Blueseventy Swim of the Week: Sjostrom Strikes Back In Eindhoven

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Disclaimer: BlueSeventy Swim of the Week is not meant to be a conclusive selection of the best overall swim of the week, but rather one Featured Swim to be explored in deeper detail. The BlueSeventy Swim is an opportunity to take a closer look at the context of one of the many fast swims this week, perhaps a swim that slipped through the cracks as others grabbed the headlines, or a race we didn’t get to examine as closely in the flood of weekly meets.

Sarah Sjostrom has already been tearing it up on the World Cup series, but this week, she very clearly went out of her way to earn SwimSwam’s prestigious Swim of the Week award.

Sjostrom had already broken two world records at the first tour stop in Moscow… but that meet came right after World Champs, and we ranked down the long course world records for that week’s featured swim. Then the following weekend in Berlin, Ranomi Kromowidjojo broke the 50 free world record and Sjostrom put up the 2nd-fastest swim all-time, and those took precedence over Sjostrom’s older records.

But this weekend in Eindhoven, Sjostrom would not be denied the title, which was undoubtedly more important to her than the $10,000 world record bonus, a 90-point World Cup points lead or a $50,000 cluster points bonus. Sjostrom smashed two more world records, this time coming up in the 100 free (50.58) and 200 free (1:50.43).

That 200 free, interestingly enough, retroactively boosts Sjostrom’s case in the World Championship rivalry with Katie Ledecky. Sjostrom won three individual golds in Budapest; Ledecky won five total golds, but only three of them individual. But Ledecky lost the 200 free, a race in which she beat Sjostrom at the 2016 Olympics, but that Sjostrom did not enter in 2017. But in Eindhoven, Sjostrom beat Federica Pellegriniwho was the one to beat Ledecky in Budapest. So by beating the one who beat Ledecky, does Sjostrom create the argument that she, too, could have beaten Ledecky in the 200 in Budapest?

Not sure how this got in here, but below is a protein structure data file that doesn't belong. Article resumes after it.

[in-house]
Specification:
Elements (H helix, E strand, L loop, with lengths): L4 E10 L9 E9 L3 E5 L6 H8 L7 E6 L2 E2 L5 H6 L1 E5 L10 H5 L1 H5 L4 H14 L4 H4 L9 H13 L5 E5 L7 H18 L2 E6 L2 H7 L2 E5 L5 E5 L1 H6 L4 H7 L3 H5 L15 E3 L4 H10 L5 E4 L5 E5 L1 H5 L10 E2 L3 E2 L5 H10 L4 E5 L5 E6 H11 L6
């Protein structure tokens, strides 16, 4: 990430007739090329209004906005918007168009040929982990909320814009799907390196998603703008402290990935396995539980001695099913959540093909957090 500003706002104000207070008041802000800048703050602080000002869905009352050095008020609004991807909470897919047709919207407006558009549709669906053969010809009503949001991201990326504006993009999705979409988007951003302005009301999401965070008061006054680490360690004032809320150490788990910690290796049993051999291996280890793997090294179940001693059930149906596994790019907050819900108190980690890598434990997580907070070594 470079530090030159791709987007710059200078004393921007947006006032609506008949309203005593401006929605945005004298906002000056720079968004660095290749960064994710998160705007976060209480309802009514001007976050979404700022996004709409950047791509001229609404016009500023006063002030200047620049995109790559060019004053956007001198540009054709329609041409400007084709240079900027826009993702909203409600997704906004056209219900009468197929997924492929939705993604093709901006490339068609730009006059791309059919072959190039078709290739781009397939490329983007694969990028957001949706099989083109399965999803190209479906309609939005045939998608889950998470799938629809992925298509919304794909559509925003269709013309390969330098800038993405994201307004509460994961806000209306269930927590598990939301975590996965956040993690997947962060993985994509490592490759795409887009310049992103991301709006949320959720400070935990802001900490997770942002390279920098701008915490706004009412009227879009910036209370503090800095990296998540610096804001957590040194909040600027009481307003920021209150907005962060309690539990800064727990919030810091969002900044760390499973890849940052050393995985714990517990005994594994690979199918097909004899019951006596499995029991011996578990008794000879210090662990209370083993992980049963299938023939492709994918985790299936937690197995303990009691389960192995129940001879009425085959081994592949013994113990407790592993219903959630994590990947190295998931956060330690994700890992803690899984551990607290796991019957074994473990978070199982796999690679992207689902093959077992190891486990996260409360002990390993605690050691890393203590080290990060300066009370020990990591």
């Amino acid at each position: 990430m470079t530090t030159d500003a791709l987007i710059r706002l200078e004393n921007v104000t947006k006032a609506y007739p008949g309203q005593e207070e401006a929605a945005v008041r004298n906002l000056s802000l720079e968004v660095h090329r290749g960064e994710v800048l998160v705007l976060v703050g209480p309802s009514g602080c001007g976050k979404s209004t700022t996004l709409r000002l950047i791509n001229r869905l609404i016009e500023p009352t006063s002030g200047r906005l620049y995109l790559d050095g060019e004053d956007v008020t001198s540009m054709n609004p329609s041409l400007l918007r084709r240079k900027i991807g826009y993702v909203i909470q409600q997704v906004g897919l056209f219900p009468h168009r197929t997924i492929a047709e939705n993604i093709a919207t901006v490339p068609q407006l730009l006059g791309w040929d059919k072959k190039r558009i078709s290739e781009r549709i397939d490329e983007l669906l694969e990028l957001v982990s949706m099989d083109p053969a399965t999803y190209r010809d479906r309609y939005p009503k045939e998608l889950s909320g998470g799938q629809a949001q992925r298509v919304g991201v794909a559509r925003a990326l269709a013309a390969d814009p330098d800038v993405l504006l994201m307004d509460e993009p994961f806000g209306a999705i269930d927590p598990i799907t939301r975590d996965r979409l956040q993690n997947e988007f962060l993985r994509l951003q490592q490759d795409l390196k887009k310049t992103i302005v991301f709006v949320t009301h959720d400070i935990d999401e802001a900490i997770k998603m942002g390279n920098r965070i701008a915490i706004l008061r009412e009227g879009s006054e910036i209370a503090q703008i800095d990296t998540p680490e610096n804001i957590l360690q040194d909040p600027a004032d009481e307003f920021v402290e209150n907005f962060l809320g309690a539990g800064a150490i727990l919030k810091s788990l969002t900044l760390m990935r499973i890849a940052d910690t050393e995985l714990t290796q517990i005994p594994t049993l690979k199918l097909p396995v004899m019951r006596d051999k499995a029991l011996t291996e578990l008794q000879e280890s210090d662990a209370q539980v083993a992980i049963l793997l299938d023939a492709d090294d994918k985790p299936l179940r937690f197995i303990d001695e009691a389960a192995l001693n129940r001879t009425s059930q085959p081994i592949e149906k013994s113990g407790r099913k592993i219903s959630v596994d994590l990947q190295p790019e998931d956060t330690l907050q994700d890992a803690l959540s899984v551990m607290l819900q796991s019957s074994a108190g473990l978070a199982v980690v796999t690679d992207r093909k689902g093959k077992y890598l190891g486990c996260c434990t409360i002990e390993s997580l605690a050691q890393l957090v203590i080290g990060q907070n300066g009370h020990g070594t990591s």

Of course, there’s the short course to long course transition that makes the whole argument a moot point. But the one thing that is certain is that Sjostrom’s big weekend gives her unquestioned possession of SwimSwam’s blueseventy Featured Swim of the Week for the week. Not even $50K can buy that status.

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15 Comments on "Blueseventy Swim of the Week: Sjostrom Strikes Back In Eindhoven"

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Sjöström won 3 individual golds in Budapest. She did not win the 100 free due to… eagerness and stupidity. World record yes, gold… no.

SchoolingFTW

I won’t mention the ridiculous first 50 free because she can swim it and still have something in the tank, but her amateurish finish DID cost her the gold.

Ledecky won three individual golds in Budapest, the same number as Sjostrom. Ledecky won all three of those races (400, 800, 1500 Free) in times faster than anyone other than herself had ever swum, and btw it was the third straight World Champs in which Ledecky won those three individual events. It was a three-time three-peat, and a four-peat in two events if you count the Olympics. Has any female swimmer ever done that before? And this was coming off breaking American records nine times and NCAA records twelve times during the NCAA season. Ledecky also swam the fastest time in the world this year in the 200 Free LCM. The fact that Sjostrom chose not to swim against Ledecky… Read more »
ERVINFORTHEWIN

Great stats .

I believe Ledecky could have beaten Adlington for bronze in the 400 free in 2012. She didn’t get the chance because of the two swimmer limit per country. In 2005 Libby Trickett of Australia led off the 4×200 free relay with a time that was 1.54s faster than the gold medal winning time–but she had not qualified for the individual 200. What ifs seem reasonable in these cases, but I would prefer to accept results without any what ifs if a swimmer freely chooses not to swim in an event. Where it is reasonable to make other types of what if arguments would be in response to the what if arguments of others. Thus if someone says Ledecky would not… Read more »
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About Jared Anderson

Jared Anderson

Jared Anderson just can’t stay away from the pool. A competitive career of almost two decades wasn’t enough for this Minnesotan, who continues to get his daily chlorine fix. A lifelong lover of writing, Jared now combines the two passions as Senior Reporter for SwimSwam.com, covering swimming at every level. He’s an …

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